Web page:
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NPM'S 2019-2020 Summer Internship programme is now well underway with an outstanding group of inspiring emerging Māori researchers, working with Principal and Associate Investigators all over the country and engaged in an exciting range of projects across our research themes.

The interns and supervisors came together (mostly online) at the beginning of the summer programme in December, and are continuing to meet as a national rōpu on a weekly basis to share and be inspired by the career stories, insights and experiences of notable senior Māori leaders and researchers.

I tēnei tau 2019 kua tukua mai e Ngā Pae o Te Māramatanga, he taumata o MAI Pitopito Kōrero (MAI Journal) kia whakaaratia mai e ngā kaituhi reo a rātou pūkenga rangahau tuhituhi ki roto i tō tātou reo rangatira. He taumata hohonu, ātaahua tēnei kia whakaaratia te kounga o te reo rangahau haepapa matatau. Ko te kōmata taketake mō āu nei kaupapa rangahau kia tuhia mai ki roto i te reo.

In mid November, 87 Māori doctoral students from a broad range of disciplines came together from all over Aotearoa, along with some international Indigenous PhD students, to share their research in a Māori supported way.
 

What do a mānuka-honey cooperative in Northland, a ginseng exporter in the King Country and a prison services provider in Dunedin have in common? All are examples of Māori-owned business forging a distinctive identity in New Zealand’s economic and social future.

Since 2017 a specialised team based out of the University of Waikato and led by NPM Principal Investigator Dr Haki Tuaupiki have been working on identifying the traditional Māori language of navigation with the NPM scoping project Te Mātauranga Wakatere Waka.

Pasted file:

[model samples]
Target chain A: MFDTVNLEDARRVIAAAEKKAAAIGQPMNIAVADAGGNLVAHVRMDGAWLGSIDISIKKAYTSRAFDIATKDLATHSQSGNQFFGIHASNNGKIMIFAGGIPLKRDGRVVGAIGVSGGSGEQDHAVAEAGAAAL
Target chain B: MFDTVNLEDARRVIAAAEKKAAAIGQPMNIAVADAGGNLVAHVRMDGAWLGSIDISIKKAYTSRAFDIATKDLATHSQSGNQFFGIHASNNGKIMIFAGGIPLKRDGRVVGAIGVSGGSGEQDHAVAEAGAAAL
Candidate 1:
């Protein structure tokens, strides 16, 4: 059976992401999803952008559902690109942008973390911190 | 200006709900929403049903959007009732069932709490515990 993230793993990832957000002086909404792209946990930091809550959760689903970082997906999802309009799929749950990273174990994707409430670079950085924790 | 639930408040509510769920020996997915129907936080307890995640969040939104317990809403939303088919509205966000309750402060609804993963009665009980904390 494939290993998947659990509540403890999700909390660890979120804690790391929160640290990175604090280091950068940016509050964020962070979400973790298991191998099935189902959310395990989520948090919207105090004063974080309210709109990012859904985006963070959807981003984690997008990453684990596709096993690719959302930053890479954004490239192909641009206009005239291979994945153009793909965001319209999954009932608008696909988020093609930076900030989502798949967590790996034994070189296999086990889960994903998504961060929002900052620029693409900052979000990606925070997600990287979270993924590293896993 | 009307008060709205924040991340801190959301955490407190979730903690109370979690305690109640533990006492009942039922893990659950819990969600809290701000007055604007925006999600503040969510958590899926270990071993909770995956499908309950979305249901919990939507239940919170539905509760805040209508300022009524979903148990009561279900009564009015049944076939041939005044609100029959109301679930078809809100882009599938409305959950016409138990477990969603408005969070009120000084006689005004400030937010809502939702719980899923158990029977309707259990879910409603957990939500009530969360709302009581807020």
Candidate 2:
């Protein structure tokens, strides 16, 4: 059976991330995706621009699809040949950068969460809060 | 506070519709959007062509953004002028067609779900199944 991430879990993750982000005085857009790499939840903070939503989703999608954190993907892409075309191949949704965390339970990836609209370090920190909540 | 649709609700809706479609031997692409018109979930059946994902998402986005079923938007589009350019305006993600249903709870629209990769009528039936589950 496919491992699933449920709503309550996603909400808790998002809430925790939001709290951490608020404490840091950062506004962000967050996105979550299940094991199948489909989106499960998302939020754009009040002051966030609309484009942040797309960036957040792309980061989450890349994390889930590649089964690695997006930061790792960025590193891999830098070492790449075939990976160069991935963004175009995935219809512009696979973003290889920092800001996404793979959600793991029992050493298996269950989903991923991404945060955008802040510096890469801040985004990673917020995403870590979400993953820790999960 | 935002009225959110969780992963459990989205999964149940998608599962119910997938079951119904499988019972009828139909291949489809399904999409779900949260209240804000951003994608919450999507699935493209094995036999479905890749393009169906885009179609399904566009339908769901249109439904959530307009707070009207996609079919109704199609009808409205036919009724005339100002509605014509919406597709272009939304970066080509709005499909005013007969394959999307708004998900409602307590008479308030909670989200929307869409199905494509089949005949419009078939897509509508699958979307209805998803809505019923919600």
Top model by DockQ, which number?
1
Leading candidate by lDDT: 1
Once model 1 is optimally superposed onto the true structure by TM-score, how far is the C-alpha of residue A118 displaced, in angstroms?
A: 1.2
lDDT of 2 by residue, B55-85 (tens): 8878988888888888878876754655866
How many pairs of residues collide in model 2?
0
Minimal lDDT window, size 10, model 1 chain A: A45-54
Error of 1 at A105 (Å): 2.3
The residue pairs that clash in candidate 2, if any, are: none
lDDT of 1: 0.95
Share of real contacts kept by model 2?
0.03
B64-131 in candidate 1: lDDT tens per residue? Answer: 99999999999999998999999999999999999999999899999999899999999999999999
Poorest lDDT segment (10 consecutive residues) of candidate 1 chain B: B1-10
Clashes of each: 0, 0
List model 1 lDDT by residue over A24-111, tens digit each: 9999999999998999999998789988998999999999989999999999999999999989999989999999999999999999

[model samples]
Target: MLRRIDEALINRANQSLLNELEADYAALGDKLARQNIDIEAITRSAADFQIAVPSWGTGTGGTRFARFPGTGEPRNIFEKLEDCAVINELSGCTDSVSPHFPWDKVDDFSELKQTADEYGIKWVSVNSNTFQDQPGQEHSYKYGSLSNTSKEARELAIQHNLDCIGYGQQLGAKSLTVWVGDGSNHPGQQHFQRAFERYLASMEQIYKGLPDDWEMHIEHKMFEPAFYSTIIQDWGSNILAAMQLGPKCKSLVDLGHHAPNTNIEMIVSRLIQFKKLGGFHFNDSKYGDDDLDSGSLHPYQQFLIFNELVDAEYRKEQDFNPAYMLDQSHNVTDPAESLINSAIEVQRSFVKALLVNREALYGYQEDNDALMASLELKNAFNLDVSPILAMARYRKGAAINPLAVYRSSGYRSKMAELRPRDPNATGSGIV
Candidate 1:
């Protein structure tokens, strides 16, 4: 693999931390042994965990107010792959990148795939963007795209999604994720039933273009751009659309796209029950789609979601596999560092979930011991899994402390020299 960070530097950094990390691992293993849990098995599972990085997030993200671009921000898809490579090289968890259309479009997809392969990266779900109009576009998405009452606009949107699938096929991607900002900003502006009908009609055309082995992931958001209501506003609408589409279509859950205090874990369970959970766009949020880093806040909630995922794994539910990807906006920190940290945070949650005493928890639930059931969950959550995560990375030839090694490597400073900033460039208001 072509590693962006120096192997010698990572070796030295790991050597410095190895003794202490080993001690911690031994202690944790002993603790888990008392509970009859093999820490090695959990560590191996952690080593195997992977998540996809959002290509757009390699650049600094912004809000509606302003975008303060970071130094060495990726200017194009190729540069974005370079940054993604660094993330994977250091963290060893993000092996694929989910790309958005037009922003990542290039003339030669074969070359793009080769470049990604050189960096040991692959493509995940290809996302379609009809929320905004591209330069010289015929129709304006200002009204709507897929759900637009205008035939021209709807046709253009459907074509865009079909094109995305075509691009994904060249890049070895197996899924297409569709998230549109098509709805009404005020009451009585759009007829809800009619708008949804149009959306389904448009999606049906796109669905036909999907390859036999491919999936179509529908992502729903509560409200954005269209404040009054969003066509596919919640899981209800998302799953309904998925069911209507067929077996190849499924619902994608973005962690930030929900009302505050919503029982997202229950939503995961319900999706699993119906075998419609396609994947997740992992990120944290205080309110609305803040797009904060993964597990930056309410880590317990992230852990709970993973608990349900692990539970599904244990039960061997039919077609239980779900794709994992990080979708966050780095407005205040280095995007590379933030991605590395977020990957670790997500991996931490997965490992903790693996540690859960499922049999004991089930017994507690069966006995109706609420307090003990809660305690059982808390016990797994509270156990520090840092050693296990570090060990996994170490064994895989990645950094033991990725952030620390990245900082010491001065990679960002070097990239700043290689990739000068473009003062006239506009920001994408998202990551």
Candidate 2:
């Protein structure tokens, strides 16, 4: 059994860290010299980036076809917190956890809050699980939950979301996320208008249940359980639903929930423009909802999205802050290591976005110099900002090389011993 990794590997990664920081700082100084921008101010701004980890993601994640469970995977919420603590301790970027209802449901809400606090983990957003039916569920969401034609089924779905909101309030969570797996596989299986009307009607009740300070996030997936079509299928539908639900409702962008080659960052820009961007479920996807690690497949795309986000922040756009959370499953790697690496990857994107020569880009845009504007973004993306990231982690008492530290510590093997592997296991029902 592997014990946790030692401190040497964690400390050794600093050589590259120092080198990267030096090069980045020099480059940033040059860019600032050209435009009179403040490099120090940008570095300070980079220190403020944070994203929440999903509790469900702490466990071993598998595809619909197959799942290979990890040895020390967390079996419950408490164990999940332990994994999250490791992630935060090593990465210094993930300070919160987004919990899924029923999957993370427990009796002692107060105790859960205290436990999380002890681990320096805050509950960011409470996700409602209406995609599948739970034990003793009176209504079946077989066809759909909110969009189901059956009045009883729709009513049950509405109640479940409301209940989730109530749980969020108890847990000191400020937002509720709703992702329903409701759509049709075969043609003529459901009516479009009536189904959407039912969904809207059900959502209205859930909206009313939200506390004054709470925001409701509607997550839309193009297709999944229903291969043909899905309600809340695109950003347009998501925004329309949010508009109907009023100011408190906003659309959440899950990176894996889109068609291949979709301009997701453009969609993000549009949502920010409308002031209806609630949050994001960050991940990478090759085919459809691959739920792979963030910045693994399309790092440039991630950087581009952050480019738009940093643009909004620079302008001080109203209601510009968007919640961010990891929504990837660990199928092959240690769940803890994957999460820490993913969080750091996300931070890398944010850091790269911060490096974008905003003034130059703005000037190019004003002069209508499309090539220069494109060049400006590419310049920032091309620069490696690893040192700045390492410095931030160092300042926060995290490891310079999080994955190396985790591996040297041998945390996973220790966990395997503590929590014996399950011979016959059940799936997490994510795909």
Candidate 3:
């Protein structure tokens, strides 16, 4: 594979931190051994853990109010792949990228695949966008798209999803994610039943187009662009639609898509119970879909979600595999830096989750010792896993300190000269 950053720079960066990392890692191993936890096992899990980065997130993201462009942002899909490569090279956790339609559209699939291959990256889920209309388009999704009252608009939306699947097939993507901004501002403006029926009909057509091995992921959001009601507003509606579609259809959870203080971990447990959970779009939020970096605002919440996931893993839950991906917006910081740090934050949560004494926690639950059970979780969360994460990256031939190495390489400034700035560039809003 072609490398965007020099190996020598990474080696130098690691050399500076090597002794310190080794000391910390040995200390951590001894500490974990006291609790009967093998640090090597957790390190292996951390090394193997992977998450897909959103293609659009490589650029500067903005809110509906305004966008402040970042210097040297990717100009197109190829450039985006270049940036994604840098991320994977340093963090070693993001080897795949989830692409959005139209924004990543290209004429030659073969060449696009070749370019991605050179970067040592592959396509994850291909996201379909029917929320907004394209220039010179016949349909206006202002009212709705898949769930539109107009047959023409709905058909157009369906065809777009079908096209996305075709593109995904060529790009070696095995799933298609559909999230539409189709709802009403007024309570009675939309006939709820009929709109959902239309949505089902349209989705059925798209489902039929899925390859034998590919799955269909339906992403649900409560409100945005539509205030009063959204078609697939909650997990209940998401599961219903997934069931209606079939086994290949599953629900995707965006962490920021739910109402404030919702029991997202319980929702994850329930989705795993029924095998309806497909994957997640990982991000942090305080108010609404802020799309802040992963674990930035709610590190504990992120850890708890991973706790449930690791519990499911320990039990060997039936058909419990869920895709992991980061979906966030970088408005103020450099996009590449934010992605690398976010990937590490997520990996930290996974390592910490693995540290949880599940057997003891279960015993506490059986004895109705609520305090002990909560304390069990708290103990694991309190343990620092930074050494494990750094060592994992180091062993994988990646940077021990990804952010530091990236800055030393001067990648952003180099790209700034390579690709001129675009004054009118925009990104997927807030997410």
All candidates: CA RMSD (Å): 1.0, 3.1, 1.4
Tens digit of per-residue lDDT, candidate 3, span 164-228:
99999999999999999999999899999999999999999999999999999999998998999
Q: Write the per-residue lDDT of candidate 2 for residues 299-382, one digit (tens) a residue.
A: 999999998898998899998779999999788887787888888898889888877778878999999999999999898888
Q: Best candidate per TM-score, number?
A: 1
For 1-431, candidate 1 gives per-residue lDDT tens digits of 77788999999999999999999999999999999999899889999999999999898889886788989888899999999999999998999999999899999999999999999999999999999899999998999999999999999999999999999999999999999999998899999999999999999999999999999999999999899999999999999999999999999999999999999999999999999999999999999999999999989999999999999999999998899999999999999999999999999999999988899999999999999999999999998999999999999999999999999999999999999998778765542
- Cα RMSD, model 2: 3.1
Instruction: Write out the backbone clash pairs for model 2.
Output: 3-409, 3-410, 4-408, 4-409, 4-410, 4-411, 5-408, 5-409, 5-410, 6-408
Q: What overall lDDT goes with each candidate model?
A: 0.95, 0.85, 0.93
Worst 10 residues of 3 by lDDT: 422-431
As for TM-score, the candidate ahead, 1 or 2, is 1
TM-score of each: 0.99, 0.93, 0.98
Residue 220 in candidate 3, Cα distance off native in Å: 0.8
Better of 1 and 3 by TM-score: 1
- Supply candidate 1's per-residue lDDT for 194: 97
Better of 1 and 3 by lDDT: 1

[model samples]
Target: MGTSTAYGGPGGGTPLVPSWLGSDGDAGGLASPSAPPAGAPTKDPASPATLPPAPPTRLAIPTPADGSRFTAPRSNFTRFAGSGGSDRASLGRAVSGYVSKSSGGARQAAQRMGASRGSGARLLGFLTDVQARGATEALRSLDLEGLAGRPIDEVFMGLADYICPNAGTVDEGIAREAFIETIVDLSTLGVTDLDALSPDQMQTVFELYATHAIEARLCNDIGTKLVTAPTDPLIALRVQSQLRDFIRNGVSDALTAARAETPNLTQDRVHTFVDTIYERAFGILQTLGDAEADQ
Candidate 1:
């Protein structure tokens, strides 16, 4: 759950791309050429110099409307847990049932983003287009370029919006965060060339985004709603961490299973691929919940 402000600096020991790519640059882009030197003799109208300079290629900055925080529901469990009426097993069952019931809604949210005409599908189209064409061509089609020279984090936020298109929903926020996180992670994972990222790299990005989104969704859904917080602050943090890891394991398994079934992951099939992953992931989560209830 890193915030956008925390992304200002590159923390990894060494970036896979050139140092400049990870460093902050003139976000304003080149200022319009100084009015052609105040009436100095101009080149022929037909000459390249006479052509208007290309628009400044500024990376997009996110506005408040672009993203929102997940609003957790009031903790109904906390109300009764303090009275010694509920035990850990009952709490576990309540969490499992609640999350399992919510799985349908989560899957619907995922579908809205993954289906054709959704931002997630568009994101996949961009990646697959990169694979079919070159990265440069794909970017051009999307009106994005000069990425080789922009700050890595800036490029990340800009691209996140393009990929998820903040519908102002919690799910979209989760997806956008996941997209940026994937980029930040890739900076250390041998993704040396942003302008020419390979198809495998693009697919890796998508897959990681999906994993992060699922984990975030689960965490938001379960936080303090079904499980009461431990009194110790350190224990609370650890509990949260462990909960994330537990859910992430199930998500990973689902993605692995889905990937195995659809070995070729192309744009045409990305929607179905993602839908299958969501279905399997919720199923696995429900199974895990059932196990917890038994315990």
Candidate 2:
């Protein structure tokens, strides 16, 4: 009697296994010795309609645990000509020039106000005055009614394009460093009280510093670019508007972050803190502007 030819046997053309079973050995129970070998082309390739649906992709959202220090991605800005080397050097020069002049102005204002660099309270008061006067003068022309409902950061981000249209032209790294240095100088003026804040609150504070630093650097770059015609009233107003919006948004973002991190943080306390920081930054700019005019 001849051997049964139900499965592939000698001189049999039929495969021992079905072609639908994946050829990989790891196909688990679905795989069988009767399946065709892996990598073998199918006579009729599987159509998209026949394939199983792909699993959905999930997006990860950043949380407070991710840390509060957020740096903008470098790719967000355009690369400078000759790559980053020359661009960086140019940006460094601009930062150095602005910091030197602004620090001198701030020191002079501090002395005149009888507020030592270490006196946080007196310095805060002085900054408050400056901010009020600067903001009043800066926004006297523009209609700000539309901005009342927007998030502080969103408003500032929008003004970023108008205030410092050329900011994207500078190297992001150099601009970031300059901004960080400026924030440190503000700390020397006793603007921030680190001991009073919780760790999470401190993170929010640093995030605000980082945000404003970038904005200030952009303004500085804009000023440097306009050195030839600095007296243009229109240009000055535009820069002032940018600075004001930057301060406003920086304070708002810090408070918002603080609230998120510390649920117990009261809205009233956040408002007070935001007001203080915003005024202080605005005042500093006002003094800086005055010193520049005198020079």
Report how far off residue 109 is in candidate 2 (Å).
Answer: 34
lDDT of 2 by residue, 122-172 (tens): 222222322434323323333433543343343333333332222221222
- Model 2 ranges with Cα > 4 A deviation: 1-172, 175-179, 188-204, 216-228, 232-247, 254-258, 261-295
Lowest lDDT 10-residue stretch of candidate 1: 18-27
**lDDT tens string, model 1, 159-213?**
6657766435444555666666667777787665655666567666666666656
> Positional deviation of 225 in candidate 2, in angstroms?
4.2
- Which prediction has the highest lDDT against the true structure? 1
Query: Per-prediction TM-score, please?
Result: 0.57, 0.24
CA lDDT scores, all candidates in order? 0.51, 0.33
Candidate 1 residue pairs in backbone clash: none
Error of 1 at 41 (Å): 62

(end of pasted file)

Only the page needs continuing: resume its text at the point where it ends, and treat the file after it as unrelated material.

How was language used as a navigational aid in Māori navigation, what are the perspectives of contemporary tohunga whakatere waka on Māori navigation aids today, and which stars do contemporary tohunga whakatere waka use in Māori navigation?
 

Te Pūtea Rangahau a Marsden, the Marsden Fund, supports research of excellence in Aotearoa New Zealand in the areas of science, engineering, maths, social sciences and the humanities and again NPM researchers have succeeded in their bids to conduct research projects that will deliver impact and value to our communities.

The HRC supports research that has the potential to improve health outcomes and the delivery of health-care, and also to produce economic gains for New Zealand.

It allocates the majority of its funds through an annual allocation to independent research projects that are researcher initiated, and NPM Principal and Associate Investigators have enjoyed success in this years round.

Professor Helen Moewaka Barnes (Massey University)
- Tangata Whenua Tangata Ora: Investigating health gain through whenua initiatives (Programme 2019 Funding Round)

NPM has developed and confirmed eight new seed and scope research projects that will deliver innovative, inspiring and impactful research, and initiate and lead to transformative outcomes.

Te Reo me ngā tikanga Māori

NPM congratulates our affiliated researchers who were acknowledged by the Royal Society Te Apārangi at the RSNZ 2019 Research Honours evening held in Dunedin on Thursday 17 October.

Dr Ocean Ripeka Mercier (Ngāti Porou) was awarded the 2019 Callaghan Medal for her pioneering work to engage audiences in science and mātauranga Māori,

The inaugural Te Rangaunua Hiranga Māori Award, which recognises excellent, innovative co-created research conducted by Māori that has made a distinctive contribution to community wellbeing and development in Aotearoa, has been awarded to Ngā Pae o te Māramatanga, New Zealand's Māori Centre of Research Excellence, by Royal Society Te Apārangi.

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